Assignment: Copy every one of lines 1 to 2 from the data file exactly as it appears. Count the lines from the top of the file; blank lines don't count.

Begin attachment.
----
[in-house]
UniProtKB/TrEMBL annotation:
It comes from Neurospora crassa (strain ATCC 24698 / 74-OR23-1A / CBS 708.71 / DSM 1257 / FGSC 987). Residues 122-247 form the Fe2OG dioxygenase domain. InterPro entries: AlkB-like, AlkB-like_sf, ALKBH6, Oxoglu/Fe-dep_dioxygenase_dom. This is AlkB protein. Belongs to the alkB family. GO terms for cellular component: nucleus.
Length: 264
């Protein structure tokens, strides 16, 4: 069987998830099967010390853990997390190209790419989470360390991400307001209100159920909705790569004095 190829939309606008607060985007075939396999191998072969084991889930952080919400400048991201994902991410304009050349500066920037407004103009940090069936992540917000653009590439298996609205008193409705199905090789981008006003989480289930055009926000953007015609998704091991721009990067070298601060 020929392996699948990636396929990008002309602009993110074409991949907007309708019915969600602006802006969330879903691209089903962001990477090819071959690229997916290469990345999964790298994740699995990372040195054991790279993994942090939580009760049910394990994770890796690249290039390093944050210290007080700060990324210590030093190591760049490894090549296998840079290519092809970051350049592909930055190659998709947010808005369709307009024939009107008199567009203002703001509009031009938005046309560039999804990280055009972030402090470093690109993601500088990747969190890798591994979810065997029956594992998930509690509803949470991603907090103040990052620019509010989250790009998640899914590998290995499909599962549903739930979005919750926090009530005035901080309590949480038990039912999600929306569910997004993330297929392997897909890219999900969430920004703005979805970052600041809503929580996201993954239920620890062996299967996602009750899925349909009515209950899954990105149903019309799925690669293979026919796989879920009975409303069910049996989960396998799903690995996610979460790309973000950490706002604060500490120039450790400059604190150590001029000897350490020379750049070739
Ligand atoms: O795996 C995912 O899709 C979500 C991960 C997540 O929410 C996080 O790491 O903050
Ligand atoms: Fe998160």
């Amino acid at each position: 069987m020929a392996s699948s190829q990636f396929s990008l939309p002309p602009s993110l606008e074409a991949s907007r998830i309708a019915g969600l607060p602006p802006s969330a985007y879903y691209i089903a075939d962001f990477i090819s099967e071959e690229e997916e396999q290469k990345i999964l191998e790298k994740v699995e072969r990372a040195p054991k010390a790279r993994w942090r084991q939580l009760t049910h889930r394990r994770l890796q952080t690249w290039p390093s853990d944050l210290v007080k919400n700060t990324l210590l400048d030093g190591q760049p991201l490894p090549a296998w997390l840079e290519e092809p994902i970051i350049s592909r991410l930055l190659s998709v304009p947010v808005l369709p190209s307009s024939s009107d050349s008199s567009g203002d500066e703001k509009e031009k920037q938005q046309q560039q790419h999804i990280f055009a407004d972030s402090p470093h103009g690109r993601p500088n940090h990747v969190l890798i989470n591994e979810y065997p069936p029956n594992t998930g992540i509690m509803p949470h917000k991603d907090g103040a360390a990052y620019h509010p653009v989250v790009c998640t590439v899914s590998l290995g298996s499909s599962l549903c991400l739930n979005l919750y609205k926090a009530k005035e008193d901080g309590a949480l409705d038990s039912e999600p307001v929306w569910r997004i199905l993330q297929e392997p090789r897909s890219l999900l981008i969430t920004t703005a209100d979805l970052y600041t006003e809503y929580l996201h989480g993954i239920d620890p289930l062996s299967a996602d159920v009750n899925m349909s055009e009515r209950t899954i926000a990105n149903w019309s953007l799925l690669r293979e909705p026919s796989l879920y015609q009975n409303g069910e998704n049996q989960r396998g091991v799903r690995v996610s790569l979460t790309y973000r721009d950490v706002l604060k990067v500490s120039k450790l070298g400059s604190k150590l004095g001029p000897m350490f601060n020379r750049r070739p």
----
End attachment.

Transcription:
[in-house]
UniProtKB/TrEMBL annotation: